Iowa State defense rose to the occasion to win the AutoZone Liberty Bowl

Iowa State linebacker Willie Harvey embraces defensive end J.D. Waggoner after the 59th Annual AutoZone Liberty Bowl in Memphis, Tennessee on Dec. 30, 2017. The Cyclones defeated the Tigers 21-20.

Brian Mozey

MEMPHIS, Tennessee – Before the AutoZone Liberty Bowl, Iowa State announced that redshirt senior defensive backs Evrett Edwards and Kamari Cotton-Moya wouldn’t be able to play in the game.

Edwards and Cotton-Moya were a duo in the secondary. They covered ground all season combining for 111 tackles and seven and a half tackles for losses. Cotton-Moya had three interceptions on the season and both were out due to violating team rules.

How would the Iowa State defense be able to stop a quarterback like Riley Ferguson, who’s averaging 47.7 points per game coming into this game today?

“So, next man up,” said redshirt senior linebacker Joel Lanning. “Always got to be ready. Braxton [Lewis] and Lawrence White stepped up and made great plays for us today. Coach [Jon] Heacock tells us to play harder and longer then [the offense] do and that’s what we tried to do today.”

Well, it worked.

The Iowa State defense, without its two key defensive backs, limited Ferguson and the Memphis offense to 20 total points and ended up winning the AutoZone Liberty Bowl with a 21-20 final score.

That success came from two things that coach Matt Campbell has been preaching throughout the past two weeks of practice leading up to the bowl game.

“Number one is I thought that our defense front was going to have to effect the quarterback,” Campbell said. “The second thing was offensively we were going to have to do a great job of taking care of the fumble and do a great job possessing the football.”

The first part of that statement came loud and clear in the beginning of the game when Iowa State’s defense started blitzing Ferguson early and often. That strategy benefited Iowa State in the sack column.

The defensive front had six sacks, a season-high, from four different players. Iowa State fans were able to see the signature leg kick from redshirt senior defensive end J.D. Waggoner a few last times as he ended his college career with two sacks and four tackles overall in the bowl game.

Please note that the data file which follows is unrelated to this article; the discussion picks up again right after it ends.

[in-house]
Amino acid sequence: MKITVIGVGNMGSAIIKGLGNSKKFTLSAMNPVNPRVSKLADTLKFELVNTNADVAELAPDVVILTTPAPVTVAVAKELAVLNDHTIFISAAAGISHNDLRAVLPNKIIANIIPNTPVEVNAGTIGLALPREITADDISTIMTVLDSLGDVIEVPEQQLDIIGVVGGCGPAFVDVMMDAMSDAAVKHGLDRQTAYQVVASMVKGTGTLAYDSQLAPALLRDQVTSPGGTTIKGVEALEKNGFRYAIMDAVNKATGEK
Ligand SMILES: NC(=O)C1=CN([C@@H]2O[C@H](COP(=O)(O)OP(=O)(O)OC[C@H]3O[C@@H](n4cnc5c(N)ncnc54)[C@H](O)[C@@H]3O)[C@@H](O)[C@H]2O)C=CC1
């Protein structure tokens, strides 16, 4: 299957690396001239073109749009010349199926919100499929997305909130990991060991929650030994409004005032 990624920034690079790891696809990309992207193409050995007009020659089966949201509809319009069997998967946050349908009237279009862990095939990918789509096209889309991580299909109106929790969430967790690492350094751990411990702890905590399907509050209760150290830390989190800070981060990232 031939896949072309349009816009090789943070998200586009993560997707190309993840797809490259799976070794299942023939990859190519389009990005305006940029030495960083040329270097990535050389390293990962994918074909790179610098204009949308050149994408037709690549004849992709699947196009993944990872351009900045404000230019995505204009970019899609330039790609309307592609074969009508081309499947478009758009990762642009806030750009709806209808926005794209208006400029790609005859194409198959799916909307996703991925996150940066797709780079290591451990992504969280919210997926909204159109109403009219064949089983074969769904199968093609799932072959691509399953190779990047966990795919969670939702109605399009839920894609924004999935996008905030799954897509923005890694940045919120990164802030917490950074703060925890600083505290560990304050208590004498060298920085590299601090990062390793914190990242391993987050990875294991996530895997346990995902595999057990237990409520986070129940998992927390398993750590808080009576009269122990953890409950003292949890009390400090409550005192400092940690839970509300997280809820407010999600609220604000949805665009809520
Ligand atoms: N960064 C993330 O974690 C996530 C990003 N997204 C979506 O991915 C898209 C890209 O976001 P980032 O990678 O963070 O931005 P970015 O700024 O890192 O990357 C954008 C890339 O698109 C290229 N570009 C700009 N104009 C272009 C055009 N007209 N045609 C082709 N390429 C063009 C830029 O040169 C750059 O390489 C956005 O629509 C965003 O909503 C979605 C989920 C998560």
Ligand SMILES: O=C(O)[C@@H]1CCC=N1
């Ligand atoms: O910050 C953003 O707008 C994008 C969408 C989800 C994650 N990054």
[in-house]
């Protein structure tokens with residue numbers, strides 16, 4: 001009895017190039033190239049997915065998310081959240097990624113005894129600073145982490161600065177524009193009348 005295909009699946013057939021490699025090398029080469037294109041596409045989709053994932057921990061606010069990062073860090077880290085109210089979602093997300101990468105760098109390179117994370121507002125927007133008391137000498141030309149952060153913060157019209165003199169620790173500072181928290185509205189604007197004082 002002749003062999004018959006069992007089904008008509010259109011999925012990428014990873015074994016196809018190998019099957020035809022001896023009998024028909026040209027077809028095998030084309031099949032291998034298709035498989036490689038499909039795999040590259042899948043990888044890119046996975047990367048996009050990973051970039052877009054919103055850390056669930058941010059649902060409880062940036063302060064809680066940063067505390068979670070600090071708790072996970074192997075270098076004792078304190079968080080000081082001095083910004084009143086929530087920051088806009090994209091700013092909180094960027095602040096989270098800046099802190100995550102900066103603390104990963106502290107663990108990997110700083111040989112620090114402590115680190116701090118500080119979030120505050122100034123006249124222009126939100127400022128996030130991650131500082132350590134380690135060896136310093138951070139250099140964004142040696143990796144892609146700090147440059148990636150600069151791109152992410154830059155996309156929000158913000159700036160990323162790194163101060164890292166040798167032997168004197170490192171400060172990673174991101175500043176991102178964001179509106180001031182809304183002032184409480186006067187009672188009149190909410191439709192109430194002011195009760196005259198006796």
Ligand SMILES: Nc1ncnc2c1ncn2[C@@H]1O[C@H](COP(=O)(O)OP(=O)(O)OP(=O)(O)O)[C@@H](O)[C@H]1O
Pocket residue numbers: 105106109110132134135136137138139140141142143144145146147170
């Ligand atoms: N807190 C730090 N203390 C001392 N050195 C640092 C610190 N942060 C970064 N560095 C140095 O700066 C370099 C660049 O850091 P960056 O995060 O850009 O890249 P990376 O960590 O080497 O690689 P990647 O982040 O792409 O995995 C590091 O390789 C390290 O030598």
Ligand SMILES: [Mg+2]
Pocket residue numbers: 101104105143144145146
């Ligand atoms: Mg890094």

Along with Waggoner, JaQuan Bailey had two, Marcel Spears Jr. had one and Lanning ended his Iowa State career with a sack and one last “you can’t see me” gesture to the Iowa State fans.

“We basically just attacked a lot of their weaknesses,” Waggoner said. “He had only been sacked 15 times I think, we got six today. That made the difference alone I think.”

The second part of Campbell’s statement was done in a dominant fashion as well. The time of possession heavily favored Iowa State as the Cyclones had 37:49 compared to the Tigers’ 22:11 time of possession.

Ferguson is known for his up tempo and fast pace mentality on the field. The four scoring drives that Memphis had in today’s game took 16 seconds, 1:18, 1:32 and 2:12. That’s a combined 5:18 to score 20 points.

Iowa State took its time going up and down the field stopping the Tigers rhythm and having Ferguson stay on the sidelines for five and sometimes six minutes watching the Cyclones score on the Memphis defense.

“When you play teams that are very explosive on offense you have to have a system, there’s got to be a way to win the game,” Campbell said. “You look at it, we had 80 plays and we almost double them up in possession time.”

There were big plays in this game that people could say would be a defining moment or a momentum change, but to Lanning and Campbell, every defensive play led to Iowa State’s bowl win.

There was the back-to-back sacks by Waggoner and Bailey to turn the ball over to Iowa State’s offense in the early part of the second quarter. There’s the incomplete pass by Reggie Wilkerson and the help from a hurry by Waggoner to make it third down in the final drive for Memphis.

It could even be the sack by Lanning near the end of the third quarter that pushed the Tigers out of field goal range and kept the game close.

All of these plays could be worth mentioning to cap off a turnaround season for Campbell and the Iowa State football team, but to Lanning it’s every single play that occurred that he will remember.

“Each one of these guys did something to stop the Memphis offense,” Lanning said. “Whether that be guarding a wide receiver or putting pressure on the quarterback. Every player had a job and did their job correctly leading this team to a bowl win.”

Iowa State athletics director Jamie Pollard was sitting in the suites during the game and made his way down to the field to celebrate the win with the football team. After the trophy presentation and the press conference, Pollard couldn’t do anything except smile because he knew how much this game and this bowl win meant to the Iowa State program.

“It’s the beginning and hopefully it’s the beginning of a new day,” Pollard said. “We’ve experienced some firsts this past year and now we’ve got a bowl victory to go with it.”